FACTOID # 30: If Alaska were its own country, it would be the 26th largest in total area, slightly larger than Iran.
 
 Home   Encyclopedia   Statistics   States A-Z   Flags   Maps   FAQ   About 
   
 
WHAT'S NEW
 

SEARCH ALL

FACTS & STATISTICS    Advanced view

Search encyclopedia, statistics and forums:

 

 

(* = Graphable)

 

 


Encyclopedia > Test Act

The several Test Acts were a series of English penal laws that imposed various civil disabilities on Roman Catholics and Nonconformists. The principle that none but persons professing the Established Church were eligible for public employment and the severe penalties pronounced against recusants, whether Roman Catholic or Nonconformist, were affirmations of this principle. Wikimedia Commons has media related to: England Travel guide to England from Wikitravel English language English law English (people) List of monarchs of England – Kings of England family tree List of English people Angeln (region in northern Germany, presumably the origin of the Angles for whom England is named) UK... The Roman Catholic Church, most often spoken of simply as the Catholic Church, is the largest Christian church, with over one billion members. ... A nonconformist is an English or Welsh Protestant of any non-Anglican denomination, chiefly advocating religious liberty. ... In English history, the Established Church is the Church of England, the church which is established by the Government, supported by it, and of which the monarch is the titular head; until 1920 it also held the same position in Wales. ... In English recusancy was noncompliance with the establishment of the Church of England. ...


The Act of James I of England provided that all such as were naturalized or restored in blood should receive the sacrament of the Lord's Supper. It was not, however, until the reign of Charles II of England that actually receiving of the communion of the Church of England was made a precondition for holding public office. The earliest imposition of this test was by the Corporation Act of 1661 requiring that, besides taking the Oath of Supremacy, all members of corporations were within one year after election to receive the sacrament of the Lord's Supper according to the rites of the Church of England. James VI of Scotland and James I of England and Ireland (occasionally known as King James the Vain) (Charles James) (19 June 1566–27 March 1625) was King of England, King of Scotland, and King of Ireland. ... A sacrament is a Christian rite that mediates divine grace. ... The Lords Supper is a variation of the name and the service of The Last Supper or Eucharist. ... Charles II (29 May 1630–6 February 1685) was the King of England, King of Scots, and King of Ireland from 30 January 1649 (retrospectively de jure) or 29 May 1660 (de facto) until his death. ... The Church of England is the officially established Christian church in England, and acts as the mother and senior branch of the worldwide Anglican Communion, as well as a founding member of the Porvoo Communion. ... The Corporation Act of 1661 belongs to the general category of test acts, designed for the express purpose of restricting public offices in England to members of the Church of England. ... Events January 6 - The fifth monarchy men unsuccessfully attempt to seize control of London. ... The Oath of Supremacy, imposed by the Act of Supremacy 1559, provided for any person taking public or church office to swear allegiance to the monarch as Supreme Governor of the Church of England. ...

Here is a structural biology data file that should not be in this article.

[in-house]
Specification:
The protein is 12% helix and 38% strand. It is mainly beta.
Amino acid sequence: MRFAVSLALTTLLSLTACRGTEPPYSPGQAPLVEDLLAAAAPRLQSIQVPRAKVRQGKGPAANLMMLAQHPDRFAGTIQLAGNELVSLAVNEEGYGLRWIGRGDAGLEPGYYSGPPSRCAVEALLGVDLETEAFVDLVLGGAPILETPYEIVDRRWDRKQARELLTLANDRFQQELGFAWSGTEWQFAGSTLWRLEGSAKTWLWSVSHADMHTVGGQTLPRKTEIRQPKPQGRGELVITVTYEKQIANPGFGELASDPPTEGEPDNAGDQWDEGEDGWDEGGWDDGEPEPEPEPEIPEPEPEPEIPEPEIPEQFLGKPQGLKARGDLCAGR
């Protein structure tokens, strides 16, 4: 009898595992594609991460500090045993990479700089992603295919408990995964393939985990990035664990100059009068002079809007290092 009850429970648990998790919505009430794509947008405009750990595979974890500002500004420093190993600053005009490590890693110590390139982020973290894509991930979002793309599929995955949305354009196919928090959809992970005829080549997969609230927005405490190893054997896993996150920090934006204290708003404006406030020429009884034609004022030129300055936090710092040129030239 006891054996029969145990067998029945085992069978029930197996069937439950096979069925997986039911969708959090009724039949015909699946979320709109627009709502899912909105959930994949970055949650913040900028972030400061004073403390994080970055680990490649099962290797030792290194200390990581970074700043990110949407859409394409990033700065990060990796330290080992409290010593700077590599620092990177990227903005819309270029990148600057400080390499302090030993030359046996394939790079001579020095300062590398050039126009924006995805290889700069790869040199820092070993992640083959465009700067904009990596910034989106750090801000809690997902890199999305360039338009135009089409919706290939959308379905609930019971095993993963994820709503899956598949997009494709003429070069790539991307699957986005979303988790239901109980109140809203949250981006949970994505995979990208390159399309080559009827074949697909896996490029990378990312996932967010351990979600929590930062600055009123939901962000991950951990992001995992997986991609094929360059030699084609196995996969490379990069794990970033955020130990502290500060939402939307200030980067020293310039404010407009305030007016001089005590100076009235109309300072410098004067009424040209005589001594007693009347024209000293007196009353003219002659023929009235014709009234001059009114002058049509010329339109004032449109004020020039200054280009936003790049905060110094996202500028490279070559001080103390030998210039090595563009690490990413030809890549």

This act was followed by the Test Act of 1673. The immediate cause of the Test Act (the full title of which is "An act for preventing dangers which may happen from popish recusants"). This act enforced upon all persons filling any office, civil or military, the obligation of taking the oaths of supremacy and allegiance and subscribing to a declaration against transubstantiation and also of receiving the sacrament within three months after admittance to office. The oath for the Test Act of 1673 was: Transubstantiation is the belief held by many Christian denominations that the Eucharistic elements of bread and wine are changed into the body and blood of Jesus during Consecration. ... Events The English Test Act was passed. ...

"I, N, do declare that I do believe that there is not any transubstantion in the sacrament of the Lord's Supper, or in the elements of the bread and wine, at or after the consecration thereof by any person whatsovever."